Rescuers are still digging in Qujing where 22 miners are still trapped in an unlicensed mine. So far, 21 miners are known to have been killed. Coal miners continue to die like flies to quench China’s thirst for energy.
Beijing (AsiaNews) – A Chinese mine where 21 workers were killed on Thursday and 22 more remain trapped was being operated illegally. The pit, in the southwestern Yunnan province, lost its licence a year ago.
A huge rescue operation is still underway at the mine, but rescue workers are still concerned about another sudden release of gas like the one that caused the collapse of the mine.
The ground itself is sandy and any intervention might worsen the situation. A day later, no survivors have been found yet.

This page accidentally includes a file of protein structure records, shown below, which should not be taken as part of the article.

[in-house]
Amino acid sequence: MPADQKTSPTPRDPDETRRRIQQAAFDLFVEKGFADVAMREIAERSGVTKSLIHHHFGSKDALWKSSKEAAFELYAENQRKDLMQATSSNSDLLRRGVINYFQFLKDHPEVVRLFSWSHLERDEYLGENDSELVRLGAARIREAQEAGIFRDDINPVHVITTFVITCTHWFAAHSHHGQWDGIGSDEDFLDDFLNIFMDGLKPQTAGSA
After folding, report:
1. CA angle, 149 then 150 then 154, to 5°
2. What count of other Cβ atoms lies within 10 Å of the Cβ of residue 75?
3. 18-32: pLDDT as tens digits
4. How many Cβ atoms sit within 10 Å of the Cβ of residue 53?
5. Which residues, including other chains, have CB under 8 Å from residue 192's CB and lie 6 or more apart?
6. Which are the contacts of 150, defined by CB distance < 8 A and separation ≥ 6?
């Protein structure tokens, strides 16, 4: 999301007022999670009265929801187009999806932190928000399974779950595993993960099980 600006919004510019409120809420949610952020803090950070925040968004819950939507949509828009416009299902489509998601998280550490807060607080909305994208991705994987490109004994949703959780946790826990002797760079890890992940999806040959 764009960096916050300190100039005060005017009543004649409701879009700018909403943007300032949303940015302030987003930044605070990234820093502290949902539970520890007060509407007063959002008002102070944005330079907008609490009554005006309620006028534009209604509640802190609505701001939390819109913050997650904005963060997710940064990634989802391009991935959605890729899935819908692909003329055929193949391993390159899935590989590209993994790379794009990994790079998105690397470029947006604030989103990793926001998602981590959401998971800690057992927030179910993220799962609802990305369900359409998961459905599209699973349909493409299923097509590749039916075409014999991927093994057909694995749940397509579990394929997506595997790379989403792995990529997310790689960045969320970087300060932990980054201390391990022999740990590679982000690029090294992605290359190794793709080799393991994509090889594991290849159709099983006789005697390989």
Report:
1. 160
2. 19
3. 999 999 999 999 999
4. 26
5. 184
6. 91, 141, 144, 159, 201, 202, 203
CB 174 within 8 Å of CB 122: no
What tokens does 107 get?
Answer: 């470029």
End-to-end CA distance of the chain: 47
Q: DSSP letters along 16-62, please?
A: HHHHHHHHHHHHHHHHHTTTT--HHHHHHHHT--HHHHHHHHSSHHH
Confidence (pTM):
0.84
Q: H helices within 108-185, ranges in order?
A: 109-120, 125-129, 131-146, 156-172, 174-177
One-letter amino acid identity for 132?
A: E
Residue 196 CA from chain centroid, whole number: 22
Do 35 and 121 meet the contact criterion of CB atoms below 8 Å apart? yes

Relatives of the miners have gathered at the Sizhuang mine in Yunnan province's Qujing city.
This is the second mining accident in less than a week. On 5 November, eight miners died in an explosion at a pit in Qianqiu, Henan, which belongs to the state-owned Henan Yima Coal Mine Group.
Despite apparent efforts by the central government to clean up the mining sector and enforce safety regulations, China’s thirst for energy comes at a hefty price.
Without much oil in relation to its vast territory, the mainland still has to rely heavily on natural gas and coal. However, most mines do not enforce minimum safety standards.
The official death toll in pits has come down from a high of about 7,000 in 2002 to 2,433 last year, which is still six deaths a day; however, many believe that official figures mask the thousands of deaths that are concealed by companies with the complicity of local Communist officials.
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